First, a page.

A Safe Selection: Sustainable Seafood Programs

July 14, 2010

Efforts to create sustainable seafood programs in North America have been highlighted of late with the impact of the oil spill crisis in the Gulf of Mexico.

Efforts to create sustainable seafood programs in North America have been highlighted of late with the impact of the oil spill crisis in the Gulf of Mexico. A handful of retailers looking toward developing their own sustainable missions may well look toward a long-standing project, Seafood Watch, supported by the Monterey Bay Aquarium. 

The Seafood Watch program provides retailers, restaurants and consumers with a path to choosing healthy sustainable seafood. Reports such as “The Best of the Best” are updated to feature clear choices. This past month’s selections included Albacore Tuna (troll- or pole-caught, from the U.S. or British Columbia), Freshwater Coho Salmon (farmed in tank systems, from the U.S.), Mussels (farmed), Oysters (farmed), Pacific Sardines (wild-caught), Rainbow Trout (farmed), and Salmon (wild-caught, from Alaska). By incorporating this program into retail and restaurant operations, consumer education and loyalty can be better achieved.

Additionally, the program offers other healthy “best choices,” which are low in contaminants and provide a smaller amount of omega-3s. Combining both conservation and public health research, the Monterey Bay Aquarium also developed its "Super Green" seafood list highlighting selections that are both good for human health and do not harm the oceans. The Super Green list highlights products that are currently on the Seafood Watch "Best Choices" list, are low in environmental contaminants and are good sources of long-chain omega-3 fatty acids.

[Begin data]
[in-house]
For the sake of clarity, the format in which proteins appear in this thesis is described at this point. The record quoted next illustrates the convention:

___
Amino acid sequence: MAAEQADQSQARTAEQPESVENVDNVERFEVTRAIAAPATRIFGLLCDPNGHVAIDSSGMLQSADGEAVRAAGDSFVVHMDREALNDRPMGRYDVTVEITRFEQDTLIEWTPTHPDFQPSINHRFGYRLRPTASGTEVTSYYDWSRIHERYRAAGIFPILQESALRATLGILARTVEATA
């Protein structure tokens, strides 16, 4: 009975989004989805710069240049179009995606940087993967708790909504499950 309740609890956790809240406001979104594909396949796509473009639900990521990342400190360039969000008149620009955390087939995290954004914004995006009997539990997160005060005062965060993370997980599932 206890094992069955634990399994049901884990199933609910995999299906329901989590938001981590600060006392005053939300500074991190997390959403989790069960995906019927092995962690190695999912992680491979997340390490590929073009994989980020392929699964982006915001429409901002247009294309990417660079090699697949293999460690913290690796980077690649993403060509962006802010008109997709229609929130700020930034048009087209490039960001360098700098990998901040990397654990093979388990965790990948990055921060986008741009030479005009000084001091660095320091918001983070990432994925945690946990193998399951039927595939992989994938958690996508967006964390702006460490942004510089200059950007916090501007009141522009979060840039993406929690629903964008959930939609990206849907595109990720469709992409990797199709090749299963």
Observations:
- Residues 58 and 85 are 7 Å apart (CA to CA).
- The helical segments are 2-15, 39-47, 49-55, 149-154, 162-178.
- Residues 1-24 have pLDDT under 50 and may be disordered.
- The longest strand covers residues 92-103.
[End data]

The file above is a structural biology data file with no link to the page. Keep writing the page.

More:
Grocers can become business partners of the program, joining the ranks of such stores as the Seattle, WA-based PCC Natural Markets, Brooklyn-based Foragers Market or MOM’s Organic Market in Rockville, MD, which exclusively sells fish rated "Best Choice" by FishWise and Monterey Bay Aquarium's Seafood Watch program.

Seafood Watch creates recommendations based on market information collected from retailers and restaurants nationwide about the items they sell. The Seafood Watch research team gathers information about the most popular seafood items, imported and domestic, and then evaluates it using established sustainability criteria. A report is completed for each item and circulated to outside experts for review and critique. At the conclusion of this process, a final seafood report, complete with recommendations, is posted on The Seafood Watch website.

Seafood Watch provides an assortment of tools for retailers and consumers, from downloadable pocket guides (regionally developed and most recently updated in January), to mobile iPhone apps that make daily updates a snap for seafood departments. Training videos, alternative choices for fish on the “avoid” list, staff fact cards, as well as a guide to Sustainable Seafood Business Practices, are available to assist in creating and implementing a successful program. Visit www.seafoodwatch.org to learn more about how the program can work for your store and your customers.